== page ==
8. Zagreb, Croatia
Although street markets selling decorations and gifts are a part of the celebration, Advent in Zagreb is far more than a Christmas market.
From late November through January 3, Croatia’s capital city is a wonderland of lights, music, art, entertainment, and food. Colorful displays of lighting line the streets, fill the parks, and create scenic viewpoints all over the city. The fountain in Ban Josip Jelačić Square is transformed into a light display, and there is a huge Christmas tree decorated with lights.
Lanterns light the promenades in Zrinjevac Park, which is a center for musical performances and for pop-up studios, where you can buy art and handmade gifts. Other wooden cabins sell hot chocolate; cookies; and other traditional foods such as strukle, a cheese-filled pastry.
Join people skating in the Ice Park on King Tomislav Square, where there are also live concerts and performances.
Strossmayer Promenade hosts four separate Christmas markets – each with its own theme – and wonderful views of the city as you climb the stairways. In the late afternoons, next to Zagreb Cathedral, a Live Nativity Scene re-enacts the Christmas story.
You can tour the various venues and markets on the Merry Christmas Tram, starting from Ban Jelačić Square. Along with being less crowded with tourists than many of the western Europe Christmas events, Advent in Zagreb has another attraction: it is also one of the least expensive places to visit during the holiday season, with some very good hotels and hotel packages available.
9. London, England
It’s hard to decide what the biggest attraction for tourists is at Christmastime in London. Banners of lights form a sparkling canopy over the streets of Mayfair, Sloan Square, Regent Street, Oxford Street, and other shopping districts.
Department store windows become magical scenes filled with imaginative displays that range from workshops of busy elves to futuristic fashions. Each year brings new surprises as the windows of Selfridges, Harrod’s, Liberty, and others unveil their displays.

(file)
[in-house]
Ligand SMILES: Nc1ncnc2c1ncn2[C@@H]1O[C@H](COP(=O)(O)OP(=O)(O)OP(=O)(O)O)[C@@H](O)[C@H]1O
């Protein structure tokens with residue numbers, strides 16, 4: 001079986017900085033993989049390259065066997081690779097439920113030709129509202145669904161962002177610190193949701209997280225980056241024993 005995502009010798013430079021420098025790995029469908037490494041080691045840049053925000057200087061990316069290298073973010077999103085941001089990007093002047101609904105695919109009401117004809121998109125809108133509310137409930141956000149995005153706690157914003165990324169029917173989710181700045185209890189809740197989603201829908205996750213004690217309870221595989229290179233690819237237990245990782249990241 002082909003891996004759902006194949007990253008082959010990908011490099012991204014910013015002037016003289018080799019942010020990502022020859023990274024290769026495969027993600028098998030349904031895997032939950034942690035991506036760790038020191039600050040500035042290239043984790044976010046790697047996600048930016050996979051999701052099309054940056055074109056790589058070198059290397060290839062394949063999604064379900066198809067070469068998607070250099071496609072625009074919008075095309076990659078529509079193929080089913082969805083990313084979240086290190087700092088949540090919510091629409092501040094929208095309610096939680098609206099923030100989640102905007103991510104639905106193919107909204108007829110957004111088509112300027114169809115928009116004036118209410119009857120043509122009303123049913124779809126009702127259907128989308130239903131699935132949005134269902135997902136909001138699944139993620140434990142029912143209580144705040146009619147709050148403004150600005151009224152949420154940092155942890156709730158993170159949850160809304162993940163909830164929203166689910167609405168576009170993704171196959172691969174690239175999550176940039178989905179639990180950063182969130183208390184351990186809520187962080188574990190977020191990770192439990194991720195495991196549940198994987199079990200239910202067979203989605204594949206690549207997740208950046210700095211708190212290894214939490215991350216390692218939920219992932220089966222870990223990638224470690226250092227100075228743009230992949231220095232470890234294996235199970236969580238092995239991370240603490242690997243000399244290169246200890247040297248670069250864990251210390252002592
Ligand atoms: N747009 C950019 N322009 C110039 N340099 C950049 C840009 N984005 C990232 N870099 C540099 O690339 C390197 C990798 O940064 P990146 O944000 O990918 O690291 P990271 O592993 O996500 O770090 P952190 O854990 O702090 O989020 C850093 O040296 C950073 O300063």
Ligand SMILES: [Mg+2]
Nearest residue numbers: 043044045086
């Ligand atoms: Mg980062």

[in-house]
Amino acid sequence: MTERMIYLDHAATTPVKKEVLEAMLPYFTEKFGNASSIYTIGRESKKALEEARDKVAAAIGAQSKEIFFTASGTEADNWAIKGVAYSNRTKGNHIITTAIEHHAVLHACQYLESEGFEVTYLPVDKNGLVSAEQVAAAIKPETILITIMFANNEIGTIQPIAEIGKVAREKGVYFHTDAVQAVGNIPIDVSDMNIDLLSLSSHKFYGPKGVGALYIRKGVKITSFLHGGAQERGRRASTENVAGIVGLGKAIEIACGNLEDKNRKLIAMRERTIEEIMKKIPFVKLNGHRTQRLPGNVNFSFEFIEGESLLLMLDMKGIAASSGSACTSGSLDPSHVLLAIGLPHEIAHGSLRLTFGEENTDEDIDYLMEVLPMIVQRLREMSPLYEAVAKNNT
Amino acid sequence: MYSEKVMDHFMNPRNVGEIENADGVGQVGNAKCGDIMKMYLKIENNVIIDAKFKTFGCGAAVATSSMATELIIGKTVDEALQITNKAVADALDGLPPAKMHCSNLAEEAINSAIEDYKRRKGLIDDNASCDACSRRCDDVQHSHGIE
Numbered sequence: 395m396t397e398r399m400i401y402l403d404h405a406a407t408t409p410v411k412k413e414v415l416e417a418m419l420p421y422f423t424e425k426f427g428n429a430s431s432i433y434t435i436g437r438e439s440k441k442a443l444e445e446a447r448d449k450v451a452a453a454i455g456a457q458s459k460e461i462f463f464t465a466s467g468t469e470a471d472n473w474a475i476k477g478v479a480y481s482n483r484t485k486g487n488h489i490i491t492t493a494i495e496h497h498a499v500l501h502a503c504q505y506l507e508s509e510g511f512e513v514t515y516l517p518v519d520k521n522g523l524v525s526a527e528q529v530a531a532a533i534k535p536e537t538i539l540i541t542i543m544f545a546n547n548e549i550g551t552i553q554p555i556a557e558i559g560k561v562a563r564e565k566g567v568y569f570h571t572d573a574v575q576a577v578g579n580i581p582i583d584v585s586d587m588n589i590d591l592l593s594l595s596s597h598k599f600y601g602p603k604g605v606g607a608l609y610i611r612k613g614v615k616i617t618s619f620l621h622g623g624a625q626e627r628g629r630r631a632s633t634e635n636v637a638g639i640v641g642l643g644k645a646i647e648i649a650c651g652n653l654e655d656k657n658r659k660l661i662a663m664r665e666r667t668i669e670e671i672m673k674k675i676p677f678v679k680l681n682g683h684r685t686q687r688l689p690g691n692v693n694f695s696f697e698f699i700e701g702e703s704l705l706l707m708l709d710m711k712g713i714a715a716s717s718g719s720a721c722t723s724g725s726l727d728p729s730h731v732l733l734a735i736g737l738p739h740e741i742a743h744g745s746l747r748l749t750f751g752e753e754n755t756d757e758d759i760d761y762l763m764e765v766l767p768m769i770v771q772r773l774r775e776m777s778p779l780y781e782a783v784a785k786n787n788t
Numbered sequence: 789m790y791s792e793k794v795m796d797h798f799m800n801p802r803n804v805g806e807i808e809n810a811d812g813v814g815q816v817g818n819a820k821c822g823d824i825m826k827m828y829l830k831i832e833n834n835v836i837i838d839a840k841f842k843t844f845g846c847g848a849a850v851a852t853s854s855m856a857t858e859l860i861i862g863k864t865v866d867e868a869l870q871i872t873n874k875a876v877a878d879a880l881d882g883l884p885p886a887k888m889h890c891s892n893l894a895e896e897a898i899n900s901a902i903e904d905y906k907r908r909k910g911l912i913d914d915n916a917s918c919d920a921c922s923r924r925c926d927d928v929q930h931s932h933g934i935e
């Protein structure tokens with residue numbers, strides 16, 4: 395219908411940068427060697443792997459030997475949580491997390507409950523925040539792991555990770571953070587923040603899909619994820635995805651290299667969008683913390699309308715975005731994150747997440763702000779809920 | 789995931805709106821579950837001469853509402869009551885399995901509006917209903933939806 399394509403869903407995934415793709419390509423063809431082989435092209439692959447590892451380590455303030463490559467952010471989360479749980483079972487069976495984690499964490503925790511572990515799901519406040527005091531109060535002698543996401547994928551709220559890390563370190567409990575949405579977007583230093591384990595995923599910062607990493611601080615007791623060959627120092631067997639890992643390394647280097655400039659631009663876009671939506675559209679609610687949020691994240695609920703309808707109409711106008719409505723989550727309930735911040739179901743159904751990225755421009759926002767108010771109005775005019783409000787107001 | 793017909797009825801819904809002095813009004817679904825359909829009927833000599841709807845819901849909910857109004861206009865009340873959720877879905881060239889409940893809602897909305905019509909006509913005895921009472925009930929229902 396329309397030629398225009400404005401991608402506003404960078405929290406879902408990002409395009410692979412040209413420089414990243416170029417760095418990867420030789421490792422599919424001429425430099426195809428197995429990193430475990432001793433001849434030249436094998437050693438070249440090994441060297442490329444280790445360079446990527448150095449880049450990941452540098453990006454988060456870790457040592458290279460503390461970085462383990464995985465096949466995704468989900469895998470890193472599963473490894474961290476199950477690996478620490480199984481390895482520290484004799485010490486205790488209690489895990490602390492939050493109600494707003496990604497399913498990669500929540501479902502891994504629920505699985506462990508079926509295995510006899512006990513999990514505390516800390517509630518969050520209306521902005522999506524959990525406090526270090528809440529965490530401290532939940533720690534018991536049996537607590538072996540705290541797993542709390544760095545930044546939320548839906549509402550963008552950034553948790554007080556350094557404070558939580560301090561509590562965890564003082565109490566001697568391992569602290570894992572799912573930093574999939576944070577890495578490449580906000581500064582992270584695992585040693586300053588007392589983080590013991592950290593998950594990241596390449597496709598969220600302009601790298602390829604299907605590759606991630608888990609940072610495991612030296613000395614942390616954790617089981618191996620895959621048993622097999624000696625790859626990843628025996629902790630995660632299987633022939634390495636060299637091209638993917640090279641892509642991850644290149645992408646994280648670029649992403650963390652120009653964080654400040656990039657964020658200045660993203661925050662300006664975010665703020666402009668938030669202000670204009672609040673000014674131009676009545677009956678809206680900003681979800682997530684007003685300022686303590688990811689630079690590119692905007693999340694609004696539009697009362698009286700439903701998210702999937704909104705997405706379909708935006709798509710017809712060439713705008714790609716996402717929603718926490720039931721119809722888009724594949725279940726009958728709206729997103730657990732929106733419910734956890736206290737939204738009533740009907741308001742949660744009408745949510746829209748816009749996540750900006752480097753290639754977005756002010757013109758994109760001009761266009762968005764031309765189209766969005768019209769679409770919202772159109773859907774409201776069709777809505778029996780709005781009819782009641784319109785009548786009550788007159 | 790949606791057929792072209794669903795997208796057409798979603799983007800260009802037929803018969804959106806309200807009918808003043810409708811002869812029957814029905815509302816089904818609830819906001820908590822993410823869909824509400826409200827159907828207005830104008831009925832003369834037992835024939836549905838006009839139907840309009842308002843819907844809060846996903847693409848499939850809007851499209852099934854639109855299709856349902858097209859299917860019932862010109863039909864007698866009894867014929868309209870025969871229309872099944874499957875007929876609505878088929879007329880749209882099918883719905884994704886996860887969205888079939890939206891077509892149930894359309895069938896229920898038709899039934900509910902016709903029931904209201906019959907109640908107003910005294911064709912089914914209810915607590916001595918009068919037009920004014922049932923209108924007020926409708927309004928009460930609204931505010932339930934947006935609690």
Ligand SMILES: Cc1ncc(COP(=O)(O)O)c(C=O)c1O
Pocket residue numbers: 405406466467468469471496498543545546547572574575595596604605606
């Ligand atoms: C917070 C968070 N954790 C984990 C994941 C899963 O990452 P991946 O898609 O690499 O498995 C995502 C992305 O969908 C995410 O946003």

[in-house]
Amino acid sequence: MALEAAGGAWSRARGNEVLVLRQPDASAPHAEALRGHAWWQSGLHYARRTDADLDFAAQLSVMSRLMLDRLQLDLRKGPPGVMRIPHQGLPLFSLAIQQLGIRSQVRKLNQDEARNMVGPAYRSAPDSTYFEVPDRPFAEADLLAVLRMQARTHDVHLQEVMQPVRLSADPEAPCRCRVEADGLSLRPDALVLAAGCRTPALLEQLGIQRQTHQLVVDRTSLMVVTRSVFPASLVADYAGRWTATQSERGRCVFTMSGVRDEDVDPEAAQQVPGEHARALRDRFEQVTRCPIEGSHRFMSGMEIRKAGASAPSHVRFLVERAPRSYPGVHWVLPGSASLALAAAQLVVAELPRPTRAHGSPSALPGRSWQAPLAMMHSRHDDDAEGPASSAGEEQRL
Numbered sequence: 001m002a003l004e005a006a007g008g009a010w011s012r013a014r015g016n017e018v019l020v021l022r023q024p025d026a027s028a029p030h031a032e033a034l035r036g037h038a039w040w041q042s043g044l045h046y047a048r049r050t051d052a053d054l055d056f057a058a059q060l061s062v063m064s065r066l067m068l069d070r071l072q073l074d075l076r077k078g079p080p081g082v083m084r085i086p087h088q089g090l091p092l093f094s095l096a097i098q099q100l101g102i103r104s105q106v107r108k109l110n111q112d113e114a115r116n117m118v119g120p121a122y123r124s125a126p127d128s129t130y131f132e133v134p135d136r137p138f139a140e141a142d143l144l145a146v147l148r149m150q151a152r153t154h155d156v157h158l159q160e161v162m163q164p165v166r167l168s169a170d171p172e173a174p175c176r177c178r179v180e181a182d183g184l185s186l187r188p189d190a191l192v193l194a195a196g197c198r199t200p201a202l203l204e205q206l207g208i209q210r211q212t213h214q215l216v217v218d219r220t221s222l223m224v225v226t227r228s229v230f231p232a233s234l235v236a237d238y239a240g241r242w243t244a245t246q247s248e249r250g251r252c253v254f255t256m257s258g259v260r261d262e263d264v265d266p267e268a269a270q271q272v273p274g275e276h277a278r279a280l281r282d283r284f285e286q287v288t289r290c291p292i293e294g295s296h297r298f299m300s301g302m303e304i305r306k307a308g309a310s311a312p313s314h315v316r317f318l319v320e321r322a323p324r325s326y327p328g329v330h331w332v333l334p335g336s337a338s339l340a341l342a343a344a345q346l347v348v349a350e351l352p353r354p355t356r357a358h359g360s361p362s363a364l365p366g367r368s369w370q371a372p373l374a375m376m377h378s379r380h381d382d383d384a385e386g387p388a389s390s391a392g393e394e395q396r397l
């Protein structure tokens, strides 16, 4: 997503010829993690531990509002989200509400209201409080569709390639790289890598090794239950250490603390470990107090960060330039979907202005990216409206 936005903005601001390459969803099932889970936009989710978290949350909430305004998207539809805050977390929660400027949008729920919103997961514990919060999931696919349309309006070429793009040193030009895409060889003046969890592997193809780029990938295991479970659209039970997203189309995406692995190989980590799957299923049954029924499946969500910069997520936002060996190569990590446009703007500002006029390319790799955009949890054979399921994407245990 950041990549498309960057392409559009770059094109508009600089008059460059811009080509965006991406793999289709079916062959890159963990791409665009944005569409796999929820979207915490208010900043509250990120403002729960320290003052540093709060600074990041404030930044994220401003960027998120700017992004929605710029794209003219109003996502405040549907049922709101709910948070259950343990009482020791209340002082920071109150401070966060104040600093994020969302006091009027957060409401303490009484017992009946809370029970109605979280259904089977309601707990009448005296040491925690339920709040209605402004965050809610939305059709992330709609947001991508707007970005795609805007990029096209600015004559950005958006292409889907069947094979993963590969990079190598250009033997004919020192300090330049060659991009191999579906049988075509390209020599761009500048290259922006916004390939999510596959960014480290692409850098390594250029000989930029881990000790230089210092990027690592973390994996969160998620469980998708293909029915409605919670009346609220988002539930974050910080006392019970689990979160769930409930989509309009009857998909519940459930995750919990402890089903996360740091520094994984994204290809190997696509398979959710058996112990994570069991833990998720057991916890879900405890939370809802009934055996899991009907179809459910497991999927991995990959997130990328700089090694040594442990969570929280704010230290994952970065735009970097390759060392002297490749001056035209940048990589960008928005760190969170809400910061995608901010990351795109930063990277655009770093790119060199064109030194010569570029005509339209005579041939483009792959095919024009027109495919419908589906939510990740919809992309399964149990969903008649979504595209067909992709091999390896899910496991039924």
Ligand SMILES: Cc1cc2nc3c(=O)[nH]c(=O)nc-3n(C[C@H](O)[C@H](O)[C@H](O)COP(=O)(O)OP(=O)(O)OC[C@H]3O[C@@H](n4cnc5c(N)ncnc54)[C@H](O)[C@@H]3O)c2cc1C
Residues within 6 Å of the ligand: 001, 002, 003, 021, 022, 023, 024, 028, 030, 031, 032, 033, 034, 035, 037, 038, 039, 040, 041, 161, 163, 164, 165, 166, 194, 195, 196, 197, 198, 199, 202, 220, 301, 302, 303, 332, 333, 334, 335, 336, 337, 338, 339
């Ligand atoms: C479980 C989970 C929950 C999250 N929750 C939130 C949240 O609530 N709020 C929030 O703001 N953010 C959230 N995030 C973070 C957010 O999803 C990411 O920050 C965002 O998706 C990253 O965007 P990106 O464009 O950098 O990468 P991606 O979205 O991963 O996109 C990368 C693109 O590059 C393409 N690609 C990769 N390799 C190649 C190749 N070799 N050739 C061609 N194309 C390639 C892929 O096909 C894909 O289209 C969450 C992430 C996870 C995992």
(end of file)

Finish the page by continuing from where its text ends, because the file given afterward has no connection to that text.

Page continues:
Hyde Park turns into a Winter Wonderland, with trees covered in twinkling lights, the city’s largest outdoor skating rink, Christmas carolers, a Ferris wheel, and a German Christmas market.
There are skating rinks everywhere, and Christmas markets spring up from Kew Gardens (where there’s a spectacular lighting display) to the Docklands, where a market is dedicated to Japanese crafts, performance, music, and food.
The Tower of London returns to 1284 to recreate scenes from the court of Edward I during its medieval Christmas at the end of December. St Paul’s Cathedral and other churches and concert halls host concerts and musical events, including carol sing-alongs.
For quite a different sort of December experience near London, be among the hardy few hundred to watch the sunrise at Stonehenge during the Winter Solstice. Stonehenge is an easy day trip from London.
10. Amsterdam, Netherlands
From November through January, Amsterdam glows with dozens of light installations that illuminate buildings, decorate the bridges, and reflect in the canals. The Amsterdam Light Festivalhas a different theme each year, and illumination artists have free reign to interpret it, with spectacular results. Most displays are in the Canal Ring and the Amstel River areas.
Some displays are static: a twinkling spider poised above a bridge, butterflies hovering over a canal, and others seem never to stop as they sweep in patterns across the fronts of buildings.
In addition to the artists’ contributions, bridges are outlined in white lights that reflect in the canals below. With all the water to reflect the shapes and colors, the show is a constantly changing one, especially when viewed while moving on the water in a canal boat.
If you are in Amsterdam in late December or January, consider traveling north to historic Zwolle for the Netherlands Ice Sculpture Festival, when artists from around the world create ice and snow sculptures.